The nature of judgment. "Behold, the days come, that I will cut off thine arm, and the arm of thy fathers house, that there shall not be an old man in thine house" (v.31). The "arm" signifies power and strength (see, for example, Job 22.9; Ps 37.17). Eli had spared his sons, but God would not spare him, or his family. Eli had "sown the wind", and would "reap the whirlwind" (Hos 8.7). The early death of Elis successors is emphasised in vv.31-33. Eli lived long enough to witness the triumph of the Philistines, and the capture of the Ark (v.32). The family of Eli would not be entirely destroyed (v.33), but the surviving priest would "look upon the decay with his eyes, and pine away with grief in consequence" (Keil and Delitzsch). The words, "to consume thine eyes, and to grieve thine heart", evidently refer, not to Eli personally, but to his family. For surviving priests of Elis family see 14.3; 22.20. Ultimately, Solomon dismissed Abiathar (descended from Ithamar through Eli) and gave the high priesthood to Zadok (descended from Eleazar), "that he might fulfil the word of the Lord, which he spake concerning the house of Eli in Shiloh" (1 Kings 2.26-27,35). Eli left a sad legacy to his family. What kind of legacy are we going to leave for the next generation? For the best possible legacy, read 2 Timothy 2.2.
The sign of judgment. "And this shall be a sign unto thee, that shall come upon thy two sons, on Hophni and Phinehas; in one day they shall die both of them." No comment is necessary (see 4.11). There can be no doubt about the fulfilment of any message which is prefaced by, "Thus saith the Lord" (v.27).
The priest who would come (vv.35-36)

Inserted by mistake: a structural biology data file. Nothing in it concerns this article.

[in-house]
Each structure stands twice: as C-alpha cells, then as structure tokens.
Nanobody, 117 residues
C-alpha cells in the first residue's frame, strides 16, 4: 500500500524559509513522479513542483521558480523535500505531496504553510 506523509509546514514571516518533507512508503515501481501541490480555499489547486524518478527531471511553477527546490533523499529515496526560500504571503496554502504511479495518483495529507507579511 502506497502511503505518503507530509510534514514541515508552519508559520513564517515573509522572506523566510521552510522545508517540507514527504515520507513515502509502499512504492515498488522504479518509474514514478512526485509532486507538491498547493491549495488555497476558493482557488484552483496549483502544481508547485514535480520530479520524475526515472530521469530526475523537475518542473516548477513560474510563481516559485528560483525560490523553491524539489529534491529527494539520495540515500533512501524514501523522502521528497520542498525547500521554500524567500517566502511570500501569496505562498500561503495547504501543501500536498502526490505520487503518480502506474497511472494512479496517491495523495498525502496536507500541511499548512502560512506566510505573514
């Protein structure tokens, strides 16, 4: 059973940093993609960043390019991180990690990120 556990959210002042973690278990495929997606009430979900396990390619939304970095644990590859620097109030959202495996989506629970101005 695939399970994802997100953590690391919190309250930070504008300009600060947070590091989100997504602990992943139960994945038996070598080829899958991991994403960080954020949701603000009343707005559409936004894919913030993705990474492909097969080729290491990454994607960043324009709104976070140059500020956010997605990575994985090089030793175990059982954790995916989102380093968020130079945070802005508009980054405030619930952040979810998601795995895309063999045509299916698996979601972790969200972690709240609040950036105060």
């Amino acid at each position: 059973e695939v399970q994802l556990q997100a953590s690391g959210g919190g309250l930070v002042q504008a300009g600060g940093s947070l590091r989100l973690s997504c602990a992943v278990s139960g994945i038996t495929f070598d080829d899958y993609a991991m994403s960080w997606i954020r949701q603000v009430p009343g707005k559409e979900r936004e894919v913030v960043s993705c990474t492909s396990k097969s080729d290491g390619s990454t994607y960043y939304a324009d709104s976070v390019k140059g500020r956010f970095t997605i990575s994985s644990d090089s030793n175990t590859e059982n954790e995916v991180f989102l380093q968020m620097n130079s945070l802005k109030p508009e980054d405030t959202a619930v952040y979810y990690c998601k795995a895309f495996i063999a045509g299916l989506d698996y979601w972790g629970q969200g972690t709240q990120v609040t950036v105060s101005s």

"And I will raise me up a faithful priest, that shall do according to that which is in mine heart and in my mind: and I will build him a sure house; and he shall walk before mine anointed for ever." Who is this "faithful priest"? It has been suggested that this refers to Samuel. After all, he took the place of Eli at the head of the nation, and acted not only as a prophet, but also as a priest (see, for example 7 9-10,17). It was Samuel who anointed both Saul and David, and his grandson, Heman, "the kings seer in the words of God", was placed by David over the choir in "the house of God" (1 Chr 6.33; 25.4-6). However, Samuels descendants did not follow their father into the priesthood, and it is therefore difficult to say that God gave him "a sure house" as a priest.
The alternative is Zadok. As we have seen, he became high priest in the reign of Solomon, when the priesthood reverted to the family of Eleazar. (Ahimelech and Zadok were joint priests previously - 2 Samuel 8.17 etc.) We can therefore say that he walked before Gods anointed, that is, before Solomon. Zadok actually anointed Solomon! But this prophecy points beyond Solomon. It does say, "And he shall walk before mine anointed for ever"! That is, the Lord Jesus. Ezekiel 40-48 describes the millennial temple and its environs. The priests then will be "the sons of Zadok among the sons of Levi, which come near to the Lord to minister unto him" (Ezek 40.46; 43.19; 44.15; 48.11). (The last two of these references evidently look back to 2 Samuel 15.24-29.) The "anointed" must therefore be the Lord Jesus, who will "have dominion also from sea to sea, and from the river unto the ends of the earth" (Ps 72.8). Hannah saw His glory when she said, "He shall give strength unto his king, and exalt the horn of his anointed" (v.10).
The prophecy concludes by describing the utter humiliation of the house of Eli. "And it shall come to pass, that every one that is left in thine house shall come and crouch to him for a piece of silver and a morsel of bread, and shall say, Put me, I pray thee, into one of the priests offices, that I may eat a piece of bread" (v.36). No doubt this was fulfilled in the lifetime of Zadok. The very family that demanded the best part of the offerings (vv.12-16) is reduced to begging! "Whatsoever a man soweth, that shall he also reap" (Gal 6.7).
To be continued.